|Publication number||US7799668 B2|
|Application number||US 11/205,477|
|Publication date||Sep 21, 2010|
|Filing date||Aug 17, 2005|
|Priority date||Aug 17, 2005|
|Also published as||US20070042555|
|Publication number||11205477, 205477, US 7799668 B2, US 7799668B2, US-B2-7799668, US7799668 B2, US7799668B2|
|Inventors||Hiroaki Niimi, Luigi Colombo, James J. Chambers|
|Original Assignee||Texas Instruments Incorporated|
|Export Citation||BiBTeX, EndNote, RefMan|
|Patent Citations (7), Non-Patent Citations (1), Classifications (21), Legal Events (2)|
|External Links: USPTO, USPTO Assignment, Espacenet|
The present invention is directed, in general, to a method of forming a gate dielectric, and in particular, a method of forming a high-k gate dielectric with an improved uniformity of distribution of a metallic element therein.
The trend in semiconductor technology to double the functional complexity of its products every 18 months (Moore's “law”), which is still valid today after having dominated the industry for the last three decades, has several implicit consequences. First, the cost per functional unit should drop with each generation of complexity so that the cost of the product with its doubled functionality would increase only slightly. Second, the higher product complexity should largely be achieved by shrinking the feature sizes of the chip components while holding the package dimensions constant; preferably, even the packages should shrink. Third, the increased functional complexity should be paralleled by an equivalent increase in reliability of the product. And fourth, but not least, the best financial profit rewards are held out for the ones who are ahead in the marketplace in reaching the complexity goal together with offering the most flexible products for application.
The scaling of the components in the lateral dimension requires vertical scaling as well, so as to achieve adequate device performance. This vertical scaling requires the thickness of the gate dielectric, commonly silicon dioxide (SiO2) to be reduced. Thinning of the gate dielectric results in increasing domination of the electrical characteristics by interface effects, and increased leakage of the dielectric due to nontrivial quantum tunneling effects. Therefore, the industry has moved to gate dielectric materials with a larger dielectric constant, or “k,” allowing the use of a thicker dielectric while maintaining the same degree of capacitive coupling to the transistor channel.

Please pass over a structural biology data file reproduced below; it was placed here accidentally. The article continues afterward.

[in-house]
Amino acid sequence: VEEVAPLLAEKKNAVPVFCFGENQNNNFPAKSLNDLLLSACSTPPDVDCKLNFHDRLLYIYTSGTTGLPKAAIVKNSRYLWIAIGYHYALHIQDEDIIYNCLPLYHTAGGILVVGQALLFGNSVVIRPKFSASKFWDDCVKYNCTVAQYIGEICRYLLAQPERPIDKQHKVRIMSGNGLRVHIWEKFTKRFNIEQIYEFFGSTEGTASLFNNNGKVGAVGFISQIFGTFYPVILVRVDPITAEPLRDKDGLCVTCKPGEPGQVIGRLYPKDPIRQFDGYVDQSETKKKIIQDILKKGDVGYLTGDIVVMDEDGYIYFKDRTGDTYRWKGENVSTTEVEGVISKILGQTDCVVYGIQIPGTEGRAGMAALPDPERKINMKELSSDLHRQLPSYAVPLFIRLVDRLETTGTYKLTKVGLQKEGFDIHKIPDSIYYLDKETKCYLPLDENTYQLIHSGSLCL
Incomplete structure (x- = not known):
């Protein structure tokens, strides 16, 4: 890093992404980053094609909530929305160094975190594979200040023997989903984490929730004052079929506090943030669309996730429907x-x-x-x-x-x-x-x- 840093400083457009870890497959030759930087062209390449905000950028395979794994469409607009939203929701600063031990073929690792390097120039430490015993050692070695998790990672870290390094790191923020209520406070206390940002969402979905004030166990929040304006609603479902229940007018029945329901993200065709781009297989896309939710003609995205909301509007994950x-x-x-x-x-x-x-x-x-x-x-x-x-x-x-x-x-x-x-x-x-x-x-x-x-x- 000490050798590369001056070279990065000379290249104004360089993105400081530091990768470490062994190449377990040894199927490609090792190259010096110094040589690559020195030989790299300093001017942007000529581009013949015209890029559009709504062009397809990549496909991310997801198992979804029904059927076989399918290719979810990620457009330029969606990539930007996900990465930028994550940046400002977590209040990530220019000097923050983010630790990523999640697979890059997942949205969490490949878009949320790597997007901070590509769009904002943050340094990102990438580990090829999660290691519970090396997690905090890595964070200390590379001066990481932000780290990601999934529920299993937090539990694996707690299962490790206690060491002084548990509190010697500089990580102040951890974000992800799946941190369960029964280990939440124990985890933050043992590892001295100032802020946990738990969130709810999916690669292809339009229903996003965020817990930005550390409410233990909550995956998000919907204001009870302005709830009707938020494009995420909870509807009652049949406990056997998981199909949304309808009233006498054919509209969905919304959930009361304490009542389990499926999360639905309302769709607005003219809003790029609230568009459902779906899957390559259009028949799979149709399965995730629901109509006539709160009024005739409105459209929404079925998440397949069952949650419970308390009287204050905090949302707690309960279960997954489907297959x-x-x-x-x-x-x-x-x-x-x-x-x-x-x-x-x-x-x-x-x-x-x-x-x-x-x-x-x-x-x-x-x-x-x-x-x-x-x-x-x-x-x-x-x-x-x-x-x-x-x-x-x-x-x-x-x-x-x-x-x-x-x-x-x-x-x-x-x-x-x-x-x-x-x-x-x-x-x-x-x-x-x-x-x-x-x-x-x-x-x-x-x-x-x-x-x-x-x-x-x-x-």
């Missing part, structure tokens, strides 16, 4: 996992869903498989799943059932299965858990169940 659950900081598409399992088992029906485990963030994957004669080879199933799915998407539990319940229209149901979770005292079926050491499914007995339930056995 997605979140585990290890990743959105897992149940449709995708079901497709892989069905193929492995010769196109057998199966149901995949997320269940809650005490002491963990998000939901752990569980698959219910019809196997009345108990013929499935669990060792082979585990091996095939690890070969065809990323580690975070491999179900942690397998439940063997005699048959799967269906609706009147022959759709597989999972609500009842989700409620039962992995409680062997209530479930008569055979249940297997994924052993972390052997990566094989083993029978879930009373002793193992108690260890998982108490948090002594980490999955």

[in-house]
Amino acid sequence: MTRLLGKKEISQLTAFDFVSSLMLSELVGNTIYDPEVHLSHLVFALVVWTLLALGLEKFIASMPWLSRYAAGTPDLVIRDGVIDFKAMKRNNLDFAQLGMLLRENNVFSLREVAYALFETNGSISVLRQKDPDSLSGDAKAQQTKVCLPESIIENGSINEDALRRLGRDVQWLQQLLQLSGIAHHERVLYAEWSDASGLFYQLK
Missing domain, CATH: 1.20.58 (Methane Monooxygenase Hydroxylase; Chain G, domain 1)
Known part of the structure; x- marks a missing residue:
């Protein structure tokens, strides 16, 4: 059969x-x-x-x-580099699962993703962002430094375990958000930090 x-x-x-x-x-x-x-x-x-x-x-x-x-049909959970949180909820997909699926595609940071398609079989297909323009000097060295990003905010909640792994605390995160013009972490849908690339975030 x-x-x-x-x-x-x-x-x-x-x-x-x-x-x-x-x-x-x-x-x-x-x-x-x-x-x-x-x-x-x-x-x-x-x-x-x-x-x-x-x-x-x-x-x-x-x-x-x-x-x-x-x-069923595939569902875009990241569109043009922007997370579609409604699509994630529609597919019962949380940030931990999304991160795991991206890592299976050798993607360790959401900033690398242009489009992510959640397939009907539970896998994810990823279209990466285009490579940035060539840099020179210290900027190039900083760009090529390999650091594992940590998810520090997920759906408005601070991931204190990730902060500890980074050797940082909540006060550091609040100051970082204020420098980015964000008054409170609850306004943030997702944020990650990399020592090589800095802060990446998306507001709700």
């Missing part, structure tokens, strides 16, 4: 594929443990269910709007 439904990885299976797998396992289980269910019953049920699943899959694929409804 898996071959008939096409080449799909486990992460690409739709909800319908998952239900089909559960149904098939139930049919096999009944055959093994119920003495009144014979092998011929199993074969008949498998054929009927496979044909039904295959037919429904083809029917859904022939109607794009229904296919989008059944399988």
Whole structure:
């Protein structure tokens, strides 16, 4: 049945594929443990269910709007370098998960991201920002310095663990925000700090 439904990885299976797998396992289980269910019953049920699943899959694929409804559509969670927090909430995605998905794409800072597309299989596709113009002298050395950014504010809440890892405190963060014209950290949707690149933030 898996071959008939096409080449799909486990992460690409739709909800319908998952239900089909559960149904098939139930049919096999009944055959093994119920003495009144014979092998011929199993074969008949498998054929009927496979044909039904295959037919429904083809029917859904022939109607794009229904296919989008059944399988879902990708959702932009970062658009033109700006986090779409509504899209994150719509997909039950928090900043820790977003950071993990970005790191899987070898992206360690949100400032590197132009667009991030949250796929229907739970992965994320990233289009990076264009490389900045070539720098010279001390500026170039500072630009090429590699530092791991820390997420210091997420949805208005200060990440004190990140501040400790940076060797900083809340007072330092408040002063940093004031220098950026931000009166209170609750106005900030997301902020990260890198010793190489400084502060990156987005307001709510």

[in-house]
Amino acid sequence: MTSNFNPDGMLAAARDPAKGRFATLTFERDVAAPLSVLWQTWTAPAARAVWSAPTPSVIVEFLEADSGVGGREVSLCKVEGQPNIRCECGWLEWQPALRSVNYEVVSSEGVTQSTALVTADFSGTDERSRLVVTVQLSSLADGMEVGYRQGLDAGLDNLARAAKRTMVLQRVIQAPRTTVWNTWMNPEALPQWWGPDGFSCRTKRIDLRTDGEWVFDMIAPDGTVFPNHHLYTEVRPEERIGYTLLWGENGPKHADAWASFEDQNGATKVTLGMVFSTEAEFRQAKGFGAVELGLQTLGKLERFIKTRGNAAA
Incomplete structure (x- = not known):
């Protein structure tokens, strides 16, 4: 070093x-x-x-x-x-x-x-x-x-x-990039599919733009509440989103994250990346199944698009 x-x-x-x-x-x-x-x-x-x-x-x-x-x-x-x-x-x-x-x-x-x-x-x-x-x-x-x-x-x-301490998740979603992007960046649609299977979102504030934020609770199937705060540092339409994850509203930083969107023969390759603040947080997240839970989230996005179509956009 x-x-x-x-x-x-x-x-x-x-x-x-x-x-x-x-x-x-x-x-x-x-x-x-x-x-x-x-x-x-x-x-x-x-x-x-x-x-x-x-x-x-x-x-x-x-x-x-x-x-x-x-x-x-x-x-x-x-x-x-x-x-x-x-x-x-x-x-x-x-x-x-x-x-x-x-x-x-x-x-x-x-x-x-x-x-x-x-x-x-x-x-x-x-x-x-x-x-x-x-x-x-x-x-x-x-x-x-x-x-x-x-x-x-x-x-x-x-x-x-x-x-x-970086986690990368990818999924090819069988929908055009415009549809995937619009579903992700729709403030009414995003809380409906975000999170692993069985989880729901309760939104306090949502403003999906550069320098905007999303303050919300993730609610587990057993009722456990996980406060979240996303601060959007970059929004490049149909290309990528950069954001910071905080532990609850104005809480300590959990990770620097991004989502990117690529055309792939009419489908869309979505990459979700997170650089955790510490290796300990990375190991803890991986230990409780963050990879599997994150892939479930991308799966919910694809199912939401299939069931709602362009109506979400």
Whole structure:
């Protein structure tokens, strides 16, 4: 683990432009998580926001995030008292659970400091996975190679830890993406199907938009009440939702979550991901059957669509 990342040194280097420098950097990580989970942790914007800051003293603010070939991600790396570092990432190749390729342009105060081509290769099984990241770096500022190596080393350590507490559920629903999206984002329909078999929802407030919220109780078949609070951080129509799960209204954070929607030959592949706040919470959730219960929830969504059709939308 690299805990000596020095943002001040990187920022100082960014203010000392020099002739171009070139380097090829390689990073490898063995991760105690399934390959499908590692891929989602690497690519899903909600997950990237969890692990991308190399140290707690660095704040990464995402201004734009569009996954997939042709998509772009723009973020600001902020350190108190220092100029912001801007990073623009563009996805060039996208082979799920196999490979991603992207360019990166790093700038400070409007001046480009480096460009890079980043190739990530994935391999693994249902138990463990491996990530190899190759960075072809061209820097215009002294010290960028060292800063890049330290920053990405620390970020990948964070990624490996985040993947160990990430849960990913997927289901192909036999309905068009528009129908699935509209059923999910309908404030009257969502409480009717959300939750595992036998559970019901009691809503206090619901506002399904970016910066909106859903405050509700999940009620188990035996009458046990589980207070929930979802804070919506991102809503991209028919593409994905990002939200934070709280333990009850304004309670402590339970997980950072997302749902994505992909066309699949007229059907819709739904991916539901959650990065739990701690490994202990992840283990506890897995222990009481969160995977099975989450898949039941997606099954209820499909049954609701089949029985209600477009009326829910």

One material suitable for high-k gate dielectrics is hafnium silicate, ideally represented by its empirical formula HfSiO4. HfSiO4 offers a high degree of compatibility with current semiconductor manufacturing processing, and may be formed using a chemical vapor deposition (CVD) process in conventional manufacturing tools. However, a typical metal-containing film produced by a CVD process has nonuniformities of the constituent elements that result from inherencies in the CVD process as well as interfacial effects. Thus, for example, a hafnium silicate film may have a greater concentration of hafnium, herein referred to as [Hf], at the top surface than at the interface with the substrate. Moreover, the decrease of [Hf] with depth may not be monotonic.
A gradient in the concentration of elemental constituents in a gate dielectric may have an undesirable impact on the performance and reliability of a device using the gate dielectric. For example, a transistor using a material layer with such nonuniformities as a gate dielectric may experience reduced breakdown voltage and operating lifetime, as well as threshold voltage shifts as a result of charge trapping and leakage in the gate dielectric.
In certain semiconductor devices, a manufacturing process synonymously referred to as a “split-gate” or “dual-voltage” process is used to produce transistors with different gate thicknesses, and therefore different gate threshold voltages. Such a process is useful, for example, in devices that require a low-voltage transistor in a high performance “core,” and a higher voltage transistor for I/O transistors used to interface the core to external circuitry. In such a device, a core transistor may have a gate thickness of about 1 nm, while I/O transistors may have gate thickness of about 3 nm. In these devices, the performance and reliability issues related to nonuniformities in the gate dielectric are generally not significant in the I/O transistors because the properties of the gate dielectric are dominated by bulk properties. However, these issues cannot be neglected for the core transistors, as the properties of the thinner gate are significantly impacted by the surface effects. Thus, it can be expected that as semiconductor device geometries continue to shrink, the aforementioned performance and reliability issues will become increasingly significant as the industry moves to metal-containing gate dielectric materials for high-performance transistors.